Sign up for our daily briefing
Make your busy days simpler with Axios AM/PM. Catch up on what's new and why it matters in just 5 minutes.
Catch up on coronavirus stories and special reports, curated by Mike Allen everyday
Catch up on coronavirus stories and special reports, curated by Mike Allen everyday
Denver news in your inbox
Catch up on the most important stories affecting your hometown with Axios Denver
Des Moines news in your inbox
Catch up on the most important stories affecting your hometown with Axios Des Moines
Minneapolis-St. Paul news in your inbox
Catch up on the most important stories affecting your hometown with Axios Twin Cities
Tampa Bay news in your inbox
Catch up on the most important stories affecting your hometown with Axios Tampa Bay
Charlotte news in your inbox
Catch up on the most important stories affecting your hometown with Axios Charlotte
Friedman speaks at the embassy ceremony. Photo: Menahem Kahana/AFP
U.S. ambassador to Israel David Friedman told me today that it will be another few months before the White House launches its long awaited Middle East peace plan.
I interviewed Friedman today for Channel 10 News in his new office at the U.S. embassy in Jerusalem. Here are the key points from the interview (full transcript below):
- On the Jerusalem embassy move: Friedman said Trump made the decision to move the embassy at a November Oval Office meeting in which he said, "lets do the right thing." Friedman denied that Trump's decision was the result of political pressure.
- On the U.S. peace plan: Friedman said Trump remains optimistic about the chances of a peace deal between Israel and the Palestinians, but will not force it on the parties. He said the peace plan will be presented "within months," and the White House is still "listening" to comments from different parties and thinking about the timing and the presentation.
"We have confidence that if we are able to propose something that is in the best interest of the Palestinian people, the leadership will ultimately rise to the occasion or they will be forced to rise to the occasion. I think anything that we propose will be something that it's obvious that the Palestinians will be better off with it than without it."
- On the Iranian presence in Syria: Friedman said he doesn't feel the Israeli government is concerned about U.S. policies in Syria — including the possible removal of U.S. forces. He stressed that while Israel discusses Syria with the Russians, Netanyahu speaks more with Trump than with Vladimir Putin. He said, "the Israelis have been doing a very significant job trying to contain Iranian behavior in Syria."
- On Israel becoming a wedge issue in U.S. politics: Friedman said he was very concerned that no Democrats attended the embassy opening, and stressed that there had been an open invitation. Friedman told me: "From my perspective, American support for Israel needs to be bipartisan and I am going to do everything I can to support visits from legislators — blue or red."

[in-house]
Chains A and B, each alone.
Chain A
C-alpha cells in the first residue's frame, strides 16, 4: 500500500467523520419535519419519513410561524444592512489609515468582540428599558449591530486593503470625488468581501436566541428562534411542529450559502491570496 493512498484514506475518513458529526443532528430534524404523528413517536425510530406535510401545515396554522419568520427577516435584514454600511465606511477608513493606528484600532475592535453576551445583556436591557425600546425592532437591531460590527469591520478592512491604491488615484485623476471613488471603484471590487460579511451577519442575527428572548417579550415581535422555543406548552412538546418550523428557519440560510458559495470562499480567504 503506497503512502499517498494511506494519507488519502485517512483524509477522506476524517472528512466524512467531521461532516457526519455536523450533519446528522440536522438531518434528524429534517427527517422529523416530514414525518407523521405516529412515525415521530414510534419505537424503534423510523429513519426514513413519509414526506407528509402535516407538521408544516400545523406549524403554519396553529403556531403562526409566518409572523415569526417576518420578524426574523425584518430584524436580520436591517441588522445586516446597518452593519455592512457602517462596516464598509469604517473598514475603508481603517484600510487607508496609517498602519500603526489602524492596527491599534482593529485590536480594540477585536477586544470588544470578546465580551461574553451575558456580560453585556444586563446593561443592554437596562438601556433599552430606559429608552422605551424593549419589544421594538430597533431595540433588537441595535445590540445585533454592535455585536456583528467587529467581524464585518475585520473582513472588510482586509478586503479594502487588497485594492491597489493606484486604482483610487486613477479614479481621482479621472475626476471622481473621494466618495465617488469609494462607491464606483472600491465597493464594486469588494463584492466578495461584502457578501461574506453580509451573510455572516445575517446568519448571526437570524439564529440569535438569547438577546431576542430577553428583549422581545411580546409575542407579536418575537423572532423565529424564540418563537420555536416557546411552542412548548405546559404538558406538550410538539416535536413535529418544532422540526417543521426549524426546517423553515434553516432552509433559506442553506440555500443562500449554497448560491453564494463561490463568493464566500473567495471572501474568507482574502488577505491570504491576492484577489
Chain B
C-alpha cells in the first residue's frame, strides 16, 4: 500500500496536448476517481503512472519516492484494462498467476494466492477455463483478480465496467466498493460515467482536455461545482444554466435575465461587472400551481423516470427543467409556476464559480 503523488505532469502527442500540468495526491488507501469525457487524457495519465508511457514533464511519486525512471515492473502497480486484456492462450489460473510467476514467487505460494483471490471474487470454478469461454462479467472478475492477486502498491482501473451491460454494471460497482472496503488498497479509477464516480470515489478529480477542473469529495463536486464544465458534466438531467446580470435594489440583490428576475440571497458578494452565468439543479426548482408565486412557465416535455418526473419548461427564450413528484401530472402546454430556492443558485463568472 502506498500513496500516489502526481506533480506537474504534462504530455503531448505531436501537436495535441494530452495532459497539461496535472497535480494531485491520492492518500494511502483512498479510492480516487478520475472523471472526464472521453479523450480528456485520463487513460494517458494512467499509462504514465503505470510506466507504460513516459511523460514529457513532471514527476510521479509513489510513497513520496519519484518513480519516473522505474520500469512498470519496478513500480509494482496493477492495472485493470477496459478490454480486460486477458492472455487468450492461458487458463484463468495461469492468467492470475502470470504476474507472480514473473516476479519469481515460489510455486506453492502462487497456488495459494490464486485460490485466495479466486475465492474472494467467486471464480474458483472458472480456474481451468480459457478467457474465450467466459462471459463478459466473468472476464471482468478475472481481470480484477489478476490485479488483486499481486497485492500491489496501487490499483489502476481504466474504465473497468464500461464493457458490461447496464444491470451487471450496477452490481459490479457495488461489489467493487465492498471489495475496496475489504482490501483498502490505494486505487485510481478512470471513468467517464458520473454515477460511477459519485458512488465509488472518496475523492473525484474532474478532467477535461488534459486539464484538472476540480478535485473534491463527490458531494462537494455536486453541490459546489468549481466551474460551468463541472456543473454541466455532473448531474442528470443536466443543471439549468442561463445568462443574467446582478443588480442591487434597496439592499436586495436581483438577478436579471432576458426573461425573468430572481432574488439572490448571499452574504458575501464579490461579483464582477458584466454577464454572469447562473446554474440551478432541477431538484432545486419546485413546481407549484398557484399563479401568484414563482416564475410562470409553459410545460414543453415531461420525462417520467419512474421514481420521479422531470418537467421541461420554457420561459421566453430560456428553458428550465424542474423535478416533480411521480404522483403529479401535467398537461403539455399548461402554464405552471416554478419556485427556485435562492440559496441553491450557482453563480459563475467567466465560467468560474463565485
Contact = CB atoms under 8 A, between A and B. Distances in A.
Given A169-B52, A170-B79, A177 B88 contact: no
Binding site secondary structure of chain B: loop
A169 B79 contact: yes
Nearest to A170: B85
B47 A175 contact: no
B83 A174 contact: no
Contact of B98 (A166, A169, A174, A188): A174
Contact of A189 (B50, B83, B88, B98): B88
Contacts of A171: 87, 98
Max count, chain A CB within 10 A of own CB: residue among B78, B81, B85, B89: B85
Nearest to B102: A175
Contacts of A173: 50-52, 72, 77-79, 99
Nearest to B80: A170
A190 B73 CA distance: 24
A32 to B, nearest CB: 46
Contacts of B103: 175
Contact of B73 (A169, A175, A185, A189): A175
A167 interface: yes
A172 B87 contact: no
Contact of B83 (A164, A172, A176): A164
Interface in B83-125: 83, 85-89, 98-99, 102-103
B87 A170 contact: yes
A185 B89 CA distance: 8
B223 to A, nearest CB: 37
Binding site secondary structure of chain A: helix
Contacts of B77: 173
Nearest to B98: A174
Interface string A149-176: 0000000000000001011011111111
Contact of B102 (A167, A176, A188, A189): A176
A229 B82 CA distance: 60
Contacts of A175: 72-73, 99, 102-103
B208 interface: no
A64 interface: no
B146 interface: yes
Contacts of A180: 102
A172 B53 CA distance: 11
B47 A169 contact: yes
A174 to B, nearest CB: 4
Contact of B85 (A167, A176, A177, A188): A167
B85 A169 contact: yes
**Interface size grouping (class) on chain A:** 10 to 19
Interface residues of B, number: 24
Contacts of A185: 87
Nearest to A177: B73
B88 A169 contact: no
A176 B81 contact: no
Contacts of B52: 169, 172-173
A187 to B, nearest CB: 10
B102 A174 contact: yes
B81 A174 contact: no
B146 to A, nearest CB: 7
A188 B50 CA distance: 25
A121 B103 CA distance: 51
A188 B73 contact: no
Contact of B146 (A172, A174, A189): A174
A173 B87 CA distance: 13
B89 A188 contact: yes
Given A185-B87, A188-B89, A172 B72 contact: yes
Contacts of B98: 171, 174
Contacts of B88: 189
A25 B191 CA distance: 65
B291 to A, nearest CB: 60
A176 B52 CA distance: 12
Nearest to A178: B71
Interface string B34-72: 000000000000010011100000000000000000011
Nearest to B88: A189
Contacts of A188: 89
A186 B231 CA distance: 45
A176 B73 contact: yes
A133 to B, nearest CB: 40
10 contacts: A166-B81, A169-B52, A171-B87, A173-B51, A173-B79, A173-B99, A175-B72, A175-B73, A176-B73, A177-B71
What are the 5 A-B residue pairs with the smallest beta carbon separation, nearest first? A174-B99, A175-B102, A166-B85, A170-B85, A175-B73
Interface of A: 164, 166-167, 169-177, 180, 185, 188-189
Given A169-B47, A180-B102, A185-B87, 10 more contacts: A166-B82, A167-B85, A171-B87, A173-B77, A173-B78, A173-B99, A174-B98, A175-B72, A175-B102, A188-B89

Q: Ambassador David Friedman, thank you for having us here in your new office at the U.S. embassy in Jerusalem. When people get married people ask them the day after, 'how does it feel?' So, does it feel any different?
A: It feels great and I am happy to welcome you as the first reporter from Israel to visit, and you should visit many more times.
Q: You were one of the leading Trump administration officials who pushed for moving the embassy to Jerusalem. The President considered doing it on day one, then he decided to wait, then he signed the waiver in June. What happened in November-December that got him to change course?
A: I don't think anybody pushed the president. I think it was the president's decision and we were coming to this six-month cycle, and I think the president is fundamentally uncomfortable not keeping promises. He is not a traditional politician. As this cycle reemerged I think he very much wanted to keep his promise. He thought it was the right thing to do and that it was in the interest of the U.S. As you know, it has been in the law of the U.S. since 1995. Even then when the law was passed people were lamenting why did it take us so long in 1995 to get to this point. So he saw this as something he is committed to do and should do and that's how it came about.
Q: Did this also have to do with political pressure – from people in the evangelical community who supported the President or pro-Israel figures like Sheldon Adelson?
A: Not that I am aware of. I was with him in November in the Oval Office. I am not aware of any discussions where political considerations came into it at all. In fact I remember specifically the president saying lets do the right thing and I don’t think he cared about the politics.
Q: So tell us about this meeting in November, because there were members of the administration who were against this move.
A: I don't want to speak for others. It was a very robust debate. All the issues were raised. The conversation was at a high level and respectful. People made their points and the President decided. It was clear from the discussions that he asked all the right questions and analyzed it correctly. Ultimately he has decided it was in the best interest of the U.S. and something had to be done at that point.